Sur le thème de recommencer.

Quelquefois, il y a des choses que je ne peux pas parler a haute voix.

J’aime faire tout le monde heureux. Et, quelquefois, les choses que je pense, et que je pourrais écrire, ne serait pas rendre les gens heureux. Si tu n’as pas quelque chose sympa a dire, ne dites rien du tout, non? Mais, il aide, quand tu peux écrire dans un autre langue. Alors, il se sent que tu ne dites pas les choses mal, rien du tout.

Parfois, je veux me enfuir, et ne jamais retourner.

Parfois, je déteste tout le monde. Meme tu. Et vous.

Parfois, quand je conduis a chez moi après le travaille, je veux conduire et conduire, jusqu’a je suis dans un autre place. Loin de chez moi. Je ne sais pas pourquoi. Je ne sais pas ou….just un autre endroit. Avec des personnes différents.

Je regarde les photos et je veux essayer quelque chose nouveau.

C’est stupide.

C’est seulement quand tu ne sais pas quoi tu as, que tu veux commencer encore.

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“You are looking down through the skylight as chefs prepare dinner for your ex-fiancé’s wedding.”

The industrial rooftop “terrace” on the very tippy top of the 12-story Regent Palm Desert wasn’t made for lounging. It was made for roaring air conditioner units and greasy janitors shuffling around on pea-sized gravel, clearing vents and changing light bulbs. But when I traded one said greasy janitor a pack of cigarettes for the entry pad code to the industrial oasis of the rooftop, it became my heat-soaked, glass-topped sanctuary.

The massive skylight was probably initially put atop the top-floor hotel kitchen for ventilation. But when I got that code, it became a way to somehow take myself outside of my body and look in at well, something else. At this particular moment, I’m watching men and women in starched aprons plate seared sea scallops, stir vats of French onion soup, and craft truffle-whipped potatoes and tomato-crusted leg of lamb into sheer culinary perfection.

The blessed union happened just a couple of hours ago. He probably dipped the bitch backwards in an inappropriately long and juicy smooch and ran his hand up her thigh while Jesus rolled his eyes. Who the fuck serves lamb at a wedding with 800 guests? I press my back against the glass and stare into the dark desert night. The alien blink of a wind turbine glows red against the black-orange aura of the city.

I toss my cigarette onto the cool gravel and re-tie my apron. The embroidered hotel insignia brushes rough in gold thread under my fingers. But the vanilla creme brulée.

I can’t believe that fucker kept the vanilla creme brulée.

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What a terrible world, what a beautiful world.

Wednesday night kicked off this year’s concert season, as Q and I and a few friends saw The Decemberists play at the IMG_4350Riverside Theater here in Milwaukee. This was our third time seeing this particular band, and it certainly was a charm. The Decemberists never lack for sheer entertainment value. Colin Meloy’s humorous stage banter was upstaged only by the giant whale puppet (maneuvered by two little girls dressed up like the twins from The Shining no less) that gobbled up the band during the ever-popular encore staple, “The Mariner’s Revenge Song.”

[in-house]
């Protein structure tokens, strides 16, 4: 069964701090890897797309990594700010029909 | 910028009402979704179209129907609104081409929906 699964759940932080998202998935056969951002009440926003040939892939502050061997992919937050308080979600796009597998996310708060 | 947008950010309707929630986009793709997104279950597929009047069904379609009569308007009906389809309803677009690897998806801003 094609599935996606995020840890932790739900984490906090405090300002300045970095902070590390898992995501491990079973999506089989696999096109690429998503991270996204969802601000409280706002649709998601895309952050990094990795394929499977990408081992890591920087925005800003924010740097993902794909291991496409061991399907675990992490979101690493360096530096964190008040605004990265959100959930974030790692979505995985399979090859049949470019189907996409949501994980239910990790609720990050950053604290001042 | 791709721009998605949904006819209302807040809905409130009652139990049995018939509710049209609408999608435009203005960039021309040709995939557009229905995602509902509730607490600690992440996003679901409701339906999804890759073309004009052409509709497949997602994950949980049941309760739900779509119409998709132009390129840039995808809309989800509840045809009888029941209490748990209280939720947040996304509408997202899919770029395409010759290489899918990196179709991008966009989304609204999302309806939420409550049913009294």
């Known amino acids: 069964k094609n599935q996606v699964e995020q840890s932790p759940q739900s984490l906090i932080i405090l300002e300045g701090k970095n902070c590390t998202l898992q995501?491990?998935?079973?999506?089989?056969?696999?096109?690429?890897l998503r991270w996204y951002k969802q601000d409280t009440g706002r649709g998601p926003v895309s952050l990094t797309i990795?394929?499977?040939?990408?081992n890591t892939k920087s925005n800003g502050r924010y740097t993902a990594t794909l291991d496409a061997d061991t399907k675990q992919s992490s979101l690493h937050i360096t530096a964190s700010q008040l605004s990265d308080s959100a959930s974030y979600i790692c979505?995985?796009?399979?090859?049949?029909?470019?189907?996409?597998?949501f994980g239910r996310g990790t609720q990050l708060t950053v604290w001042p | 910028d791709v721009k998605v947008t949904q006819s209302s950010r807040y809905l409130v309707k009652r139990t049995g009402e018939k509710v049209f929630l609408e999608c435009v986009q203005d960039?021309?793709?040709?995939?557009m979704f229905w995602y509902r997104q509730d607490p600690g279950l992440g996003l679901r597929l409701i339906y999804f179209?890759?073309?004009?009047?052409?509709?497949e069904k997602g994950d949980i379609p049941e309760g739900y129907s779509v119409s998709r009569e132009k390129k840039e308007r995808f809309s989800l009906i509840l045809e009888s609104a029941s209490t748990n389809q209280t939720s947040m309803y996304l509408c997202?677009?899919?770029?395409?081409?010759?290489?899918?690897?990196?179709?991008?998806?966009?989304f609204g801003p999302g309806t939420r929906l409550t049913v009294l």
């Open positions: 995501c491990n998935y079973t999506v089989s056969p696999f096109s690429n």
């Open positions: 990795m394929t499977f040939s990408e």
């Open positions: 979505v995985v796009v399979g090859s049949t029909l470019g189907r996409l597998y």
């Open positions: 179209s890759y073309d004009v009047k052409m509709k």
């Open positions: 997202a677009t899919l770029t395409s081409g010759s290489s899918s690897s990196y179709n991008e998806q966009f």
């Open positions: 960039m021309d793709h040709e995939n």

As we’d now seen The Decemberists multiple times, I had a much better grasp on their whole catalogue, and knew much of the setlist. It was well-rounded with tunes both old and new, and I was even pleasantly surprised to hear one of my favorites (albeit a little watered down), “Los Angeles, I’m Yours.”

Though April will be a bit of a show-drought, I’m also looking forward to seeing Nick Offerman & Megan Mullaly, and, the probably highlight of my year, Father John Misty in May. It’s still cold outside, to why not immerse oneself in beer and good tunes?

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The matriarchy.

I knew I was going to fall off of the writing wagon eventually, but I can’t believe I haven’t done anything in a whole month. Thankfully I just completed a couple of writing projects for work, but it’s nothing compared to what I should have been doing. For shame, for real.

A topic heavy on my mind lately is the recent death of my grandmother. She lived a wonderful life up until the age of 86, but recent mental and physical declines simply proved too much for her body. On the morning of March 14, I was glad to be in the room with her and my mom and aunts and uncles as she took her last breath.

There was no daycare for my sister and I when we were little: there was simply Grandma and Grandpa’s house. Thanks to all this valuable time spent, and the fact that my mom never moved away from home as her siblings did, we were able to form a very close relationship with both grandparents. While I miss them dearly, it’s a relief knowing that they are now both chilling out together upstairs.

My grandfather passed away when I was 16, but this time I was struck by how different it is to process this type of death as an adult. I found myself aching not only for Grandma, but for my mom, who was Grandma’s primary caretaker. Here she was, used to spending every Saturday with her, the whole mother-child relationship now in full reversal, faced with the loss of both parents. If one thing became crystal clear the last couple of weeks, it’s that I’m in no way prepared to lose my parents, and I can only hope to take as good of care of my mom as she took of hers.

The week that Grandma died was sort of a blur. From the late-night phone call that prompted my drive home, two and a half hours across Wisconsin in the total emptiness of a black Friday morning, to 20 hours waiting and wandering in a hospital. 24 hours without sleep, busying myself with household chores that I didn’t want my mom to have to deal with when she came home. A trip to Madison and back to get my sister from the airport. Scads of family arriving from all parts of the US (birthing six kids eventually results in a whole lot of people, turns out). A drive back to Milwaukee to tidy up the house, check on the cat, pack up our funeral clothes, and work a half-day. Back to mom and dad’s, where even more family had arrived, people dropping in and out so frequently that it felt like my brief trip back to Milwaukee hadn’t even happened. So much food and beer, I felt like the recycling men were going to seriously judge my parents that week.